26 Nov

I saw this article online and loved it. I think every pregnant woman out there should distribute it amongst anyone that talks to her. Some of it doesn’t apply to me or doesn’t bug me, but some of them ring SO true!

Best/worst things to say to a mum-to-be

Random belly touching = NO. Would you like it if a colleague or acquaintance started rubbing your stomach with no warning? Yeah, thought so. If you really want to touch her belly, ask the pregnant woman first – and be prepared for her to say no or rub your stomach in return.
–> actually this doesn’t worry me too much. People are just excited/being nice.. I figure if it doesn’t hurt me, why put up a fuss?

Genuine compliments = YES. Every woman likes to hear that she’s looking pretty, and women who aren’t necessarily feeling so great/attractive would like to hear it even more. If she’s looking especially good, tell her so!
–> it’s a real wake-up call when admiring glances from strangers give way to “oh, she’s pregnant” glances once you’re pregnant. To be honest, you feel a bit like you’ve lost a whole identity and gained a whole new one. Chris does a fab job of still making me feel beautiful, but yes, compliments do go a long way :)

Implying she’s fat = NO. Chuckling “Sure you’re not having twins?” is not funny. Her doctor will tell her if she’s putting on too much weight or if her baby is exceptionally large. Chances are, you’re not her doctor, so keep your mouth shut.
–> really hate this when people comment “oh you’re giant”, “you sure you’re not due this week?” etc etc, even when they think they’re being reaaaallyyyyy funny. It’s not actually funny, it’s RUDE. I never comment on people’s weight, I don’t see why people should comment on mine, regardless if I’m pregnant or not.

Telling her she looks tired = NO. If a pregnant woman looks tired she probably is tired, so there’s really no need to point it out, Captain Obvious.
–> fortunately haven’t had anyone say this to me (yet), but I would regard it in the same category as the one above.

Telling scary birth stories = NO. Know a woman who had the worst labour in history? Keep it to yourself. Of course, if the mum-to-be wants honesty about your own birth experiences, tell her the truth – but unsolicited birth stories should never be shared.
–> heh I don’t mind this. I’m morbid!

Giving her your queue space = YES. Public toilet lines and peeing every five seconds while you’re pregnant can be a bad mix, so if you’re a woman and see a mum-to-be in the toilet line behind you, be kind and let her in front of you.
–> I’ll be frank, I do judge people that look at my belly, then still refuse to let me ahead of them, giving me a blank stare instead. I immediately think they’re self-focused, rude, and in need a bit of a slap. Perhaps they’re not, but that’s the impression they give me!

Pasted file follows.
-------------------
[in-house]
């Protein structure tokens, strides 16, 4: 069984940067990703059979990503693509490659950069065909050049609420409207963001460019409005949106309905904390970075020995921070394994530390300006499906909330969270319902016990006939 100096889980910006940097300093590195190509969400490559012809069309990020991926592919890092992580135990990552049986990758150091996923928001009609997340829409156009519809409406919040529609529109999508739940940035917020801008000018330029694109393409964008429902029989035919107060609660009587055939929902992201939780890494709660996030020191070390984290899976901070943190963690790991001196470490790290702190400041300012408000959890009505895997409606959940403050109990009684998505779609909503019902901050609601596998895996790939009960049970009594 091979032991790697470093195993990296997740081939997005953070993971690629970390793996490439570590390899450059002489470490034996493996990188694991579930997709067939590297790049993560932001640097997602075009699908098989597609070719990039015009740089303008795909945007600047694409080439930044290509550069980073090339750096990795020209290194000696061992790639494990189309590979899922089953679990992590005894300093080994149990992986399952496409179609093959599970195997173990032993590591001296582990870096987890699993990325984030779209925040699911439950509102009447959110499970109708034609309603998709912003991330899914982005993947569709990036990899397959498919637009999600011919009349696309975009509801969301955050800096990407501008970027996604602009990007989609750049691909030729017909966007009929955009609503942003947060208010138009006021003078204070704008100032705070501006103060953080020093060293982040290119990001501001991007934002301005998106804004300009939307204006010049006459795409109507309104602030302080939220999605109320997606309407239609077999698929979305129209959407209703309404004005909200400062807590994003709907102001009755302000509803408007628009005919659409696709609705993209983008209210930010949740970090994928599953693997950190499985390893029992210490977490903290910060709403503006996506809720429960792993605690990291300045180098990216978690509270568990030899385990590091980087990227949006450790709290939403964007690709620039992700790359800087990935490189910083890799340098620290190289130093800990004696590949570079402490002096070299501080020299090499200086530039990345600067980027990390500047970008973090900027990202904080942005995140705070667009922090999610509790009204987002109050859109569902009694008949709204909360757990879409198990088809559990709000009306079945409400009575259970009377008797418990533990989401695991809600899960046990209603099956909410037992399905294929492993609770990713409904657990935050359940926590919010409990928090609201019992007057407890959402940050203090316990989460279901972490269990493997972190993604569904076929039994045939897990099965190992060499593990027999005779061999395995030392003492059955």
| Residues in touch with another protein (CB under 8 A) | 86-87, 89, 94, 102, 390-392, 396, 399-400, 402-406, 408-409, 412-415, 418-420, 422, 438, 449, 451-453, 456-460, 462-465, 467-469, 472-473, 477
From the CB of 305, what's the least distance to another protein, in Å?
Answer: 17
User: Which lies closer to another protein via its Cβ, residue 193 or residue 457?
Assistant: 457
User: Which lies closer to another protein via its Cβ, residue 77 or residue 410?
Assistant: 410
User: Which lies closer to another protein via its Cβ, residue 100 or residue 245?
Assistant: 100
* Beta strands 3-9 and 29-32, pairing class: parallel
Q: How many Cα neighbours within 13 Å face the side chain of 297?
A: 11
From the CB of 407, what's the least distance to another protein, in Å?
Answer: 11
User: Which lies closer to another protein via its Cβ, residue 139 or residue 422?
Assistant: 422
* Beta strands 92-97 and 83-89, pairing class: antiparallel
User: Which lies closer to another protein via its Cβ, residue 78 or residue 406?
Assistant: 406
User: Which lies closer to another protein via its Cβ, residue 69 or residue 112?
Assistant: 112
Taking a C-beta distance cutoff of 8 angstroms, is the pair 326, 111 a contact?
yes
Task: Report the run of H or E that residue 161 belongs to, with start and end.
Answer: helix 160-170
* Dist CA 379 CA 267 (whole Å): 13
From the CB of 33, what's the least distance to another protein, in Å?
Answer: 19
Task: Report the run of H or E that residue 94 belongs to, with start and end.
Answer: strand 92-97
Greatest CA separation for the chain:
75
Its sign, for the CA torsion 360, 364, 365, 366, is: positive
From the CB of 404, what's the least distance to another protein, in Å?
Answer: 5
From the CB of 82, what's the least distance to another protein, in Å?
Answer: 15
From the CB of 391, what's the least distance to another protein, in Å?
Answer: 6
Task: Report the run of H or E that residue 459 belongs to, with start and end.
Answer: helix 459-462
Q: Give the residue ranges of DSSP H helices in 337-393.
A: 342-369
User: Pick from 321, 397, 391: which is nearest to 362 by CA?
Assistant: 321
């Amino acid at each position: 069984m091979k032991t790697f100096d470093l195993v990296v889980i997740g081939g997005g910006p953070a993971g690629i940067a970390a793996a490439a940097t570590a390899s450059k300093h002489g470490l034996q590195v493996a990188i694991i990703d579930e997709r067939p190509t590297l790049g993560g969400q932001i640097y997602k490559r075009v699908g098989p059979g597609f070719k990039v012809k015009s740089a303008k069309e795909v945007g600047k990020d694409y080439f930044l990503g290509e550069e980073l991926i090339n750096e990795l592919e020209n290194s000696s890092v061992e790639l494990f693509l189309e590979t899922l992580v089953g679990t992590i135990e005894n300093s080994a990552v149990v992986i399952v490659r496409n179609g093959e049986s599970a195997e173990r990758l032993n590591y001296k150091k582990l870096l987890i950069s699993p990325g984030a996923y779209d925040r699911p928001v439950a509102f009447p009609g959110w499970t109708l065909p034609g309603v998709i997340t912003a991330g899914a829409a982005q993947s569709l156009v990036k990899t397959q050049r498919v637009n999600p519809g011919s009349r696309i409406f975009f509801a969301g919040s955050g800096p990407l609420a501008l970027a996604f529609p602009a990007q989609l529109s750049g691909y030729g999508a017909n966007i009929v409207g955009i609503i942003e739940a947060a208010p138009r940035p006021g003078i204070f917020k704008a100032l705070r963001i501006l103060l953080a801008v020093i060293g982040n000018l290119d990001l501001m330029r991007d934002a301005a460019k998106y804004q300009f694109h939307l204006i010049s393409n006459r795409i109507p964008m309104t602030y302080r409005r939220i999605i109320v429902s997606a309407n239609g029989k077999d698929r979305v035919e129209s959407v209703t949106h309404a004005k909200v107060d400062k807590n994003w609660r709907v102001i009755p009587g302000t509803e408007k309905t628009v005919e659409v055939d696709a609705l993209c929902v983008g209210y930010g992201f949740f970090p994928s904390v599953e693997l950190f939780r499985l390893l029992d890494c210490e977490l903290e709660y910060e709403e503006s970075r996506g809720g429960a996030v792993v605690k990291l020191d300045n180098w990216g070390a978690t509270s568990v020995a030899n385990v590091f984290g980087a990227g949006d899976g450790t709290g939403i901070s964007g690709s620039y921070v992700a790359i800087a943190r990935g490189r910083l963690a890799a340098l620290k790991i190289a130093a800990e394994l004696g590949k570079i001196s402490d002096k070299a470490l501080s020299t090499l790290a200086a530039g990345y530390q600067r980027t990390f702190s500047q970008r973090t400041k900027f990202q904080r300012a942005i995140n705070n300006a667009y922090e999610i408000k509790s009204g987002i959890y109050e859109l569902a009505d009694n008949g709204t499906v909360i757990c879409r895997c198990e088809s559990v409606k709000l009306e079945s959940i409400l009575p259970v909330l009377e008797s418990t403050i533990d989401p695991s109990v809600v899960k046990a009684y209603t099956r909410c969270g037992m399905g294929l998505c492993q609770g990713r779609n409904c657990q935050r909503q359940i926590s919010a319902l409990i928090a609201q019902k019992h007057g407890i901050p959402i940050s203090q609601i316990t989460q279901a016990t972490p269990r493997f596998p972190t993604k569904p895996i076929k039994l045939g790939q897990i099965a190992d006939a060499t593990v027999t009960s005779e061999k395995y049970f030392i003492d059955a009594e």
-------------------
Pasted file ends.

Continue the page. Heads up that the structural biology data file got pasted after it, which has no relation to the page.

Giving up your seat = YES. It’s so simple but clearly very hard for people to remember: it is just good manners to give up your seat on public transport for a tired, hot and uncomfortable pregnant woman. There’s no harm in just asking her if she wants it!
–> needless to say this is true. Same comment from me as the ‘queue’ one above!

Talking about her breast growth = NO. You wouldn’t have brought up your colleague’s/neighbour’s/cousin’s/client’s breast size with them before they were pregnant, so what’s changed? Larger boobs are a pregnancy fact: accept it and move on without staring.
–> I discuss this in-person and in private with friends, but get a bit miffed when people mention it publicly. It’s WEIRD. And creepy.

Telling her what to do = NO. It’s her body and her baby: if she wants a Diet Coke or five biscuits in a row, it’s up to her. Of course there are health guidelines but ultimately it’s the mum-to-be who chooses what she wants to do!
–> one of my biggest gripes. I hate the phrase “You should/shouldn’t”. If you’re not my husband, you’re not allowed to tell me what to do, thanks!

Acting like an expert = NO. “You’ve got ages to go, you haven’t dropped yet.” “Your baby is obviously breech, you’ll need a caesarean.” Mind if we see your obstetric or midwife credentials before we even consider listening to you?
–> no one’s said stuff like that to me yet.. but yes, I can see why that would be a little mystifying ;)

Pampering her = YES. Not every pregnant woman enjoys a massage, but there are lots of other kind things you can do to pamper her. If she’s your partner, even rubbing her feet or shoulders at the end of the day can be heaven.
–> OMG YES YES YES…… Coming out to meet me (even if you’re only a few blocks away), helping me flag a taxi first, warning me of any irregular ground/steps coming up, making sure I always have a glass of water to drink, etc, makes a HUGE difference for me. I do notice and truly appreciate small actions like that :)

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Posted by on 26 November 2010 (Fri) in Pregnancy, Uncategorized



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